Masooma Muradi had faced strong resistance from religious conservatives and political opponents since her appointment in 2015 as governor of Daikundi, a remote province in central Afghanistan.
“I can confirm Masooma Muradi, the governor of Daikundi, has been replaced,” Munera Yousufzada, a spokesperson for the directorate of local governance, told AFP without giving a reason.
“This is a normal procedure in the government. We are thankful for all her efforts. This is not any kind of prejudice against women.” Yousufzada said Muradi had not been assigned another job.
Muradi was handpicked by President Ashraf Ghani to lead Daikundi, but protests erupted even before she arrived in the impoverished province as her male political opponents attacked her lack of experience.
Her ascent to the post was a remarkable feat in Afghanistan where stubborn patriarchal traditions and conservative attitudes about a woman’s place in the world persist.
Despite Ghani’s efforts to appoint women to senior positions, Afghan politics remains largely a man’s domain with just a handful of women holding down political positions.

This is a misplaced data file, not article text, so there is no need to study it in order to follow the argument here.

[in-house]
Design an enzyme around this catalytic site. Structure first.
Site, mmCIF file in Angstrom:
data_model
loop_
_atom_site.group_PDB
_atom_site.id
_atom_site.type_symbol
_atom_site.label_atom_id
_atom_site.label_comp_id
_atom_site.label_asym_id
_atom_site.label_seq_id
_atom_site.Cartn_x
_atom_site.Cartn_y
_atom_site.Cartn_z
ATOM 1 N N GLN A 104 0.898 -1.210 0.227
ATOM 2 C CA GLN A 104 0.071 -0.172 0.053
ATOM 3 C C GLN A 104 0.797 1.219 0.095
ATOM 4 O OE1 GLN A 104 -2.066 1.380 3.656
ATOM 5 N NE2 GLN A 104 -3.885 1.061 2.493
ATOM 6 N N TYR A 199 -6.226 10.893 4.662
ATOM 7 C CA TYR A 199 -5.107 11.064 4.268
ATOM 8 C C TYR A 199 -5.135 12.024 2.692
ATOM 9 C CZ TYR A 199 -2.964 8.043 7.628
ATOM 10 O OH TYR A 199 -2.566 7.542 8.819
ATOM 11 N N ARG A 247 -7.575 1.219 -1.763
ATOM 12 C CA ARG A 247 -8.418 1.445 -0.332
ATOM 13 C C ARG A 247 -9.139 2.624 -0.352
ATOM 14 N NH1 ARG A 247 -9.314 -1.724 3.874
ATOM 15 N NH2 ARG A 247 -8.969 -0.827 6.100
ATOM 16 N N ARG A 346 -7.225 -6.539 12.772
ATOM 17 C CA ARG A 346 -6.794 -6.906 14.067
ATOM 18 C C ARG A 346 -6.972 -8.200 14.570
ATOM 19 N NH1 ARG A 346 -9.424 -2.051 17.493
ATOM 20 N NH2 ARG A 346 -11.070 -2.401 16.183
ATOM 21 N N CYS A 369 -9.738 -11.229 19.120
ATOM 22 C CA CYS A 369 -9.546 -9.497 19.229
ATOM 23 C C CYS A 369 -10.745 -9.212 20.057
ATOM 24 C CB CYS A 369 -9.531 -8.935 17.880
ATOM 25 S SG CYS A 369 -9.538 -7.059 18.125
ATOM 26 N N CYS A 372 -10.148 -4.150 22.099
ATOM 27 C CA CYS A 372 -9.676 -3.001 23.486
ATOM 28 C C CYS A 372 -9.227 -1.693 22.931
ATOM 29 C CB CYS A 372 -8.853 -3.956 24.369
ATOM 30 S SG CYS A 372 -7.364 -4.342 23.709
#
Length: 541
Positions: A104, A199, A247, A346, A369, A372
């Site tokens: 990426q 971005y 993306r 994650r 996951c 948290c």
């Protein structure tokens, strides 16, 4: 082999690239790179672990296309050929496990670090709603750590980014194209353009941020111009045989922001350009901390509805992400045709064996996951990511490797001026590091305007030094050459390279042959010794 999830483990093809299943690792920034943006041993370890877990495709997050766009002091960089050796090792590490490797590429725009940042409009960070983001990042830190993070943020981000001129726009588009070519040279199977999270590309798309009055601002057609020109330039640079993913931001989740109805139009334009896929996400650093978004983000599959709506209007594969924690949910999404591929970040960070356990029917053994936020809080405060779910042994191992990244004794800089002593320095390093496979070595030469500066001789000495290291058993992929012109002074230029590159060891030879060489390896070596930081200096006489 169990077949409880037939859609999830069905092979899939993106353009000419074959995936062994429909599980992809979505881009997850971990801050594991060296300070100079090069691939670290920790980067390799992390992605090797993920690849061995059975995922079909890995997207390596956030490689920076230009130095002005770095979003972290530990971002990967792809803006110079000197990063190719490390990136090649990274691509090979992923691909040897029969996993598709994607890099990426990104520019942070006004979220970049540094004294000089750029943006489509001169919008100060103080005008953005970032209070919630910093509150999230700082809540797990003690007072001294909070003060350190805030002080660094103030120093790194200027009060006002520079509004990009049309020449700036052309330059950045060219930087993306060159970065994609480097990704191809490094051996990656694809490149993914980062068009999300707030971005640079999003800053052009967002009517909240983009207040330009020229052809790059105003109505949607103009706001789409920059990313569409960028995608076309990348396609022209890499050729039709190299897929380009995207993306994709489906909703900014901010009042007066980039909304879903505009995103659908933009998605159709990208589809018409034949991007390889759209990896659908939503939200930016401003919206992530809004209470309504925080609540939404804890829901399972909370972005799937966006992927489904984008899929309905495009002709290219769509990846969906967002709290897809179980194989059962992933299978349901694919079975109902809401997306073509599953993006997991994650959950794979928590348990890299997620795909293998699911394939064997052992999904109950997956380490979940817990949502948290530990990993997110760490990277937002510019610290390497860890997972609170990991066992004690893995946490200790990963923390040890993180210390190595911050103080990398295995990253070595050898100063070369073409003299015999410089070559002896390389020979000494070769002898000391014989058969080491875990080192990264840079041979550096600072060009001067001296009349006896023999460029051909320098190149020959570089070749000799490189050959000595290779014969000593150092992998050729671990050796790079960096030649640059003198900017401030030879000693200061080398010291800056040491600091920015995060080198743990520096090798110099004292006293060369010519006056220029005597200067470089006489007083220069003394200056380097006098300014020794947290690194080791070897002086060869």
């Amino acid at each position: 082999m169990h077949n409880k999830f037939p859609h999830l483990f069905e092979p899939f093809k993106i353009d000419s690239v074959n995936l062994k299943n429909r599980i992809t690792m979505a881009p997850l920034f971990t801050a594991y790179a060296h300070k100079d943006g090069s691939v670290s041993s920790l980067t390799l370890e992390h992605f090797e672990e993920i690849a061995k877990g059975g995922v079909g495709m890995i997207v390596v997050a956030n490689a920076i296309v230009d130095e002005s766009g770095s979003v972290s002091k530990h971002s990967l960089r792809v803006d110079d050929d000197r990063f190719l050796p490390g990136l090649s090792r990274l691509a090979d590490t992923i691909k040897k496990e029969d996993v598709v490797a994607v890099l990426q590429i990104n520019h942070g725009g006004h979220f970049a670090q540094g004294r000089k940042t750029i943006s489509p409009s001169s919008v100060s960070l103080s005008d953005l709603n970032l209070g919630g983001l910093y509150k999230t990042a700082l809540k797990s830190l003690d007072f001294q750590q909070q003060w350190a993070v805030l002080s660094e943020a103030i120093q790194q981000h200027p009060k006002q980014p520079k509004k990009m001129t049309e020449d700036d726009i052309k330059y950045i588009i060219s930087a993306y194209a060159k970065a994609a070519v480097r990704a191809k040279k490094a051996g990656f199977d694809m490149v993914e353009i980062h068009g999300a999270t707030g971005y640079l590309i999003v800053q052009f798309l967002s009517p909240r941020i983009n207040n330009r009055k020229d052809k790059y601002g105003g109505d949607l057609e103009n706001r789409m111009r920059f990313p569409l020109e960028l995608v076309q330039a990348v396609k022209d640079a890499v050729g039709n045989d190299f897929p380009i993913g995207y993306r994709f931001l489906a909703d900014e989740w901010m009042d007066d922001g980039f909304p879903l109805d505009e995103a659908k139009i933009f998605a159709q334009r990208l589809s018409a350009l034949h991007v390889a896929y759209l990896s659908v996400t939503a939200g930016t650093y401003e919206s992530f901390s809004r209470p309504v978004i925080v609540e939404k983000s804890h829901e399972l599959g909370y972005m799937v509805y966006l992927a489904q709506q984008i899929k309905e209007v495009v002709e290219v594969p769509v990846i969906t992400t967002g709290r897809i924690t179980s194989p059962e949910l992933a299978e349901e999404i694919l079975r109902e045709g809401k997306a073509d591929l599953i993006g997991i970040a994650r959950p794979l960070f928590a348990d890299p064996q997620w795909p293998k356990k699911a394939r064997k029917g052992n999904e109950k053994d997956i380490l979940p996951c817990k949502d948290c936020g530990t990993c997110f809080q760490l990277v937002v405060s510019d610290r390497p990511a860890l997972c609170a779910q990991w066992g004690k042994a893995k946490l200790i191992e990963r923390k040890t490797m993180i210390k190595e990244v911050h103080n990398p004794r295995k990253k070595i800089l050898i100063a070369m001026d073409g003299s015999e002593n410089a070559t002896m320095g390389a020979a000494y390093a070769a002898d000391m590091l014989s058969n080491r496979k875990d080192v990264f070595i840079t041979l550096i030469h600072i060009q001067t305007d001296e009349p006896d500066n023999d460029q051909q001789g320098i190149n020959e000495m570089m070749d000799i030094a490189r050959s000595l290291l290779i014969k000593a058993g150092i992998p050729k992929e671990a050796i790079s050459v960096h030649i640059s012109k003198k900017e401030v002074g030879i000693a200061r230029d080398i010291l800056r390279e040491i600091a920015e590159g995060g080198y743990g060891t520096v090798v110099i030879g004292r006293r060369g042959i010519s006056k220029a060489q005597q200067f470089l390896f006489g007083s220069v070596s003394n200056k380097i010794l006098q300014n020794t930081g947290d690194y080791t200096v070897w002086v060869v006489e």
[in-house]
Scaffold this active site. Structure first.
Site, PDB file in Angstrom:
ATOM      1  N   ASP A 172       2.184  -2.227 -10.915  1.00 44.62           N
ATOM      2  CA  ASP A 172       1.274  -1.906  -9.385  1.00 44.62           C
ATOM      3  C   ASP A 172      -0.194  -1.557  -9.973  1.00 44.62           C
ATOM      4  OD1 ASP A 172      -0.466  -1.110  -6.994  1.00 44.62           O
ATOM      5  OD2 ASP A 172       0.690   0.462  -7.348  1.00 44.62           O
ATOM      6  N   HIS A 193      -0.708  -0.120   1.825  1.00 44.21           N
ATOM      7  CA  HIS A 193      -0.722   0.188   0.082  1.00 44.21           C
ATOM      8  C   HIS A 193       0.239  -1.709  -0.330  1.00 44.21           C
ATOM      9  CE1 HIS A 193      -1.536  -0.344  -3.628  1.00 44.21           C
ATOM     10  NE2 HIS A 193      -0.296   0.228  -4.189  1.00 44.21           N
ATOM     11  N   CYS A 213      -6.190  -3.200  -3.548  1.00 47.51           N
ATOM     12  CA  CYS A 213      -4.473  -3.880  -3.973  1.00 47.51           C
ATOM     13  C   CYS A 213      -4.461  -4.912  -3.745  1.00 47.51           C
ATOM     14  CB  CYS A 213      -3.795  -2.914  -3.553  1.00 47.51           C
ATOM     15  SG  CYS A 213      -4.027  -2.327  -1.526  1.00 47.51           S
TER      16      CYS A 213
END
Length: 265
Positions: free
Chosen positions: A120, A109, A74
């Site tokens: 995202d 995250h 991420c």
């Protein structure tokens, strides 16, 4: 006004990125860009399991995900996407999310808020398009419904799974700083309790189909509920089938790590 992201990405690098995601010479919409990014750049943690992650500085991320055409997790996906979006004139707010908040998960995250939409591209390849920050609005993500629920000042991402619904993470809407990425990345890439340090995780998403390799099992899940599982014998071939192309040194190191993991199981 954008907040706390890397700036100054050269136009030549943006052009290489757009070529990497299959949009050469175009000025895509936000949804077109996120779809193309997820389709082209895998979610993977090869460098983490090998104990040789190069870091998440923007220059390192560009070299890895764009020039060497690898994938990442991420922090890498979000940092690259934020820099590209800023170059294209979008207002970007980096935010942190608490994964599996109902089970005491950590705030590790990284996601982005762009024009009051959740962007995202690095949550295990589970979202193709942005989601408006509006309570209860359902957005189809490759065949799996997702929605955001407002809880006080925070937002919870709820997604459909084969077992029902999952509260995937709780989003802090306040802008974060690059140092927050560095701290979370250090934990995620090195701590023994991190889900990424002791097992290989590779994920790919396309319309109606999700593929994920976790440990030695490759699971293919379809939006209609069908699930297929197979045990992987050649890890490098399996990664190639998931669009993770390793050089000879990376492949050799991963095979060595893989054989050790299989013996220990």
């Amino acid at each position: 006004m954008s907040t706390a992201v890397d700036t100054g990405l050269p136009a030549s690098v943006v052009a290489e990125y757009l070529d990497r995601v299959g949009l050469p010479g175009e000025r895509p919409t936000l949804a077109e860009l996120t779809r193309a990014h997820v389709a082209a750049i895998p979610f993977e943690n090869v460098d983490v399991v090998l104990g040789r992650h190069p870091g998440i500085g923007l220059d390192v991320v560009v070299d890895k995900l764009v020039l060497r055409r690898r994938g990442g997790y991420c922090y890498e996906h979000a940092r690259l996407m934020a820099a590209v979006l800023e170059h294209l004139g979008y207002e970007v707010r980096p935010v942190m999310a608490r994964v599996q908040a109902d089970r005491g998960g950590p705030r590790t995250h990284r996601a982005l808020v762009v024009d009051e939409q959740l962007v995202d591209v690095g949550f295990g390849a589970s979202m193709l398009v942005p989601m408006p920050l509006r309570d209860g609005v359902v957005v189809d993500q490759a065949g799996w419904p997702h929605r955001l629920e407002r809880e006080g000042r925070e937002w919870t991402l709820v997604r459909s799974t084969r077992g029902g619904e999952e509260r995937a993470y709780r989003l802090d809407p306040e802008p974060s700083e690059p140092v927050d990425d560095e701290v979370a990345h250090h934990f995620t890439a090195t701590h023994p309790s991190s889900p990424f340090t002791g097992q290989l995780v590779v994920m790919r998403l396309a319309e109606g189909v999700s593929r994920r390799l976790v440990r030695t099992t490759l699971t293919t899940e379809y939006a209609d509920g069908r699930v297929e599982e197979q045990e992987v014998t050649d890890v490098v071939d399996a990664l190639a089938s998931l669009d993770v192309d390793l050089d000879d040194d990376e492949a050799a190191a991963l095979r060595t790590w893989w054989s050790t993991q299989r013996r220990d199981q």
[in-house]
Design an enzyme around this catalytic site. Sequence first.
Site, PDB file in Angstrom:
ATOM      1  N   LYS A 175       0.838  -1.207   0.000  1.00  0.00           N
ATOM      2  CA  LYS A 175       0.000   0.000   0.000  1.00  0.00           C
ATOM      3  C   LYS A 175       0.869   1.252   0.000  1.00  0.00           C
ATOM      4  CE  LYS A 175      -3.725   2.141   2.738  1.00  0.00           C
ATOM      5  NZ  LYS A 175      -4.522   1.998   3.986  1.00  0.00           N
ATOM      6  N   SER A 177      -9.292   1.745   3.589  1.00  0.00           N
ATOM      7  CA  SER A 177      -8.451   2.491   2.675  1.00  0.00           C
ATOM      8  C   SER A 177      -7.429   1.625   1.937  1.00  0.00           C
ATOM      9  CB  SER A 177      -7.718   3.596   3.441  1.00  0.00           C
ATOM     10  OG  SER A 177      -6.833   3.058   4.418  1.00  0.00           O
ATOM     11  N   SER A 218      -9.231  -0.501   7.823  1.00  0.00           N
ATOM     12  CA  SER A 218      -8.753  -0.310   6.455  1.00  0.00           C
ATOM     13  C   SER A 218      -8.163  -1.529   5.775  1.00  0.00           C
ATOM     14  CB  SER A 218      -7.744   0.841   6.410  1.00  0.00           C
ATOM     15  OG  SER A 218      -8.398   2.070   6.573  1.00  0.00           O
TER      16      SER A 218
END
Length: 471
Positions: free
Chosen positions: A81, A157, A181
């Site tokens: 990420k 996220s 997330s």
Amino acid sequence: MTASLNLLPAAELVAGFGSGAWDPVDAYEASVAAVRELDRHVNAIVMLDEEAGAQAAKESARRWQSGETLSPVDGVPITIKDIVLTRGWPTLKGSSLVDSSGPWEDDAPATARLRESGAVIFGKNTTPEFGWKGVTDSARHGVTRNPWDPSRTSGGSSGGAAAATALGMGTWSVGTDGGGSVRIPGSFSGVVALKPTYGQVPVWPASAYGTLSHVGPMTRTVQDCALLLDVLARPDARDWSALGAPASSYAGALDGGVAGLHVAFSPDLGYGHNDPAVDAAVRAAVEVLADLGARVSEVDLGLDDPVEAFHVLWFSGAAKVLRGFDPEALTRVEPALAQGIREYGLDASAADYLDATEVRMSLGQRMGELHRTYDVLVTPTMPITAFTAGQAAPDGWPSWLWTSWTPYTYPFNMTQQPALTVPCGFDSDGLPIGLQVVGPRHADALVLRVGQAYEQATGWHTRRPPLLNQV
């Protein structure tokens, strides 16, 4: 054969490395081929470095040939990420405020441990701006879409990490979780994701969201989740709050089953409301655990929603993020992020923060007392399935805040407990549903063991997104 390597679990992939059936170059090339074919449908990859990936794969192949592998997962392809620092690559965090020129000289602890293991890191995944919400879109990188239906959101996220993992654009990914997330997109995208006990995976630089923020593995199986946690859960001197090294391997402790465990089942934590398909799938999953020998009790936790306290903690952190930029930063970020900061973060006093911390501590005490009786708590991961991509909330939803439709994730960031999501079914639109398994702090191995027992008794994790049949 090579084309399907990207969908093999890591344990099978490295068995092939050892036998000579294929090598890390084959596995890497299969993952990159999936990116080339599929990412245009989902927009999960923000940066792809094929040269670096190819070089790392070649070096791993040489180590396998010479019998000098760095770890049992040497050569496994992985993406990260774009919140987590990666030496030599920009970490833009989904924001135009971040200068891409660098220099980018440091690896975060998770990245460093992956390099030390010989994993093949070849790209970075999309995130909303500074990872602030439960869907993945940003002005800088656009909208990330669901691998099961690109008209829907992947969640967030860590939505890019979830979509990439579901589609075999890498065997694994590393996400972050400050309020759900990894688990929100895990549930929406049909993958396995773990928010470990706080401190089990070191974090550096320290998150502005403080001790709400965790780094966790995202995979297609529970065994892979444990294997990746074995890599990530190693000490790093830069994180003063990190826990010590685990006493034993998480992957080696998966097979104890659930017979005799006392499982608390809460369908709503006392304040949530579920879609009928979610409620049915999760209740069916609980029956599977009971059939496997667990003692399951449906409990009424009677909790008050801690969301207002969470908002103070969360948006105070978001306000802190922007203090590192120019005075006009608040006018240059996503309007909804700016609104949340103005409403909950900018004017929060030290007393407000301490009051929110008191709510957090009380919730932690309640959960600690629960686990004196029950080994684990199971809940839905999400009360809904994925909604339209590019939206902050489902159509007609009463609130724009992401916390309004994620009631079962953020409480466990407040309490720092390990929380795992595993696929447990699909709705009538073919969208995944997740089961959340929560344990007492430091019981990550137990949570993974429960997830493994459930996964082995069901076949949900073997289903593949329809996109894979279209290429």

In the entire country there are just two female ministers – counter-narcotics and women’s affairs – one female deputy governor and two women district governors.
Ghani dismissed the only other woman governor, of central Ghor province, after protests from religious conservatives.
Muradi, who holds a degree in business administration, was a stark contrast to the warlords and strongmen who govern other provinces under a deep-rooted system of patronage politics.
In an interview with AFP last year Muradi said many people could not “bear having a woman in this position”.
“I won’t allow men to hush me up – society is not used to that from a woman,” she said.